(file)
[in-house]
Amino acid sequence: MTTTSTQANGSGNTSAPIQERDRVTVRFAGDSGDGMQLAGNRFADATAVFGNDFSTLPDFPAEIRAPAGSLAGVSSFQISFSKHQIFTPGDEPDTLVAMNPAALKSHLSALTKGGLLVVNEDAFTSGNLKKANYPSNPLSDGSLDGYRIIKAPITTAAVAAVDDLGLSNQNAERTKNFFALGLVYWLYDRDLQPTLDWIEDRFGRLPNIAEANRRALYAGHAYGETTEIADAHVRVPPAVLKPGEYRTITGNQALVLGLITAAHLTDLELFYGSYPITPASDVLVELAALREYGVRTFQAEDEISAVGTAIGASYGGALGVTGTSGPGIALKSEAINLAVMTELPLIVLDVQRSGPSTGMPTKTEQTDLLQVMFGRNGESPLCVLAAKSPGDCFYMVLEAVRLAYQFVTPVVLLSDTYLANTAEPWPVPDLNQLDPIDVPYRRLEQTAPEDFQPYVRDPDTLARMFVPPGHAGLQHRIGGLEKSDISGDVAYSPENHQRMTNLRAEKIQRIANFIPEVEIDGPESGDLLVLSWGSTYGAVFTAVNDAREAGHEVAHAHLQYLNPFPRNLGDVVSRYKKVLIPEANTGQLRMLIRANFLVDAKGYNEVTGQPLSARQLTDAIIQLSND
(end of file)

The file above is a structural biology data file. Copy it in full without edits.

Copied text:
[in-house]
Amino acid sequence: MTTTSTQANGSGNTSAPIQERDRVTVRFAGDSGDGMQLAGNRFADATAVFGNDFSTLPDFPAEIRAPAGSLAGVSSFQISFSKHQIFTPGDEPDTLVAMNPAALKSHLSALTKGGLLVVNEDAFTSGNLKKANYPSNPLSDGSLDGYRIIKAPITTAAVAAVDDLGLSNQNAERTKNFFALGLVYWLYDRDLQPTLDWIEDRFGRLPNIAEANRRALYAGHAYGETTEIADAHVRVPPAVLKPGEYRTITGNQALVLGLITAAHLTDLELFYGSYPITPASDVLVELAALREYGVRTFQAEDEISAVGTAIGASYGGALGVTGTSGPGIALKSEAINLAVMTELPLIVLDVQRSGPSTGMPTKTEQTDLLQVMFGRNGESPLCVLAAKSPGDCFYMVLEAVRLAYQFVTPVVLLSDTYLANTAEPWPVPDLNQLDPIDVPYRRLEQTAPEDFQPYVRDPDTLARMFVPPGHAGLQHRIGGLEKSDISGDVAYSPENHQRMTNLRAEKIQRIANFIPEVEIDGPESGDLLVLSWGSTYGAVFTAVNDAREAGHEVAHAHLQYLNPFPRNLGDVVSRYKKVLIPEANTGQLRMLIRANFLVDAKGYNEVTGQPLSARQLTDAIIQLSND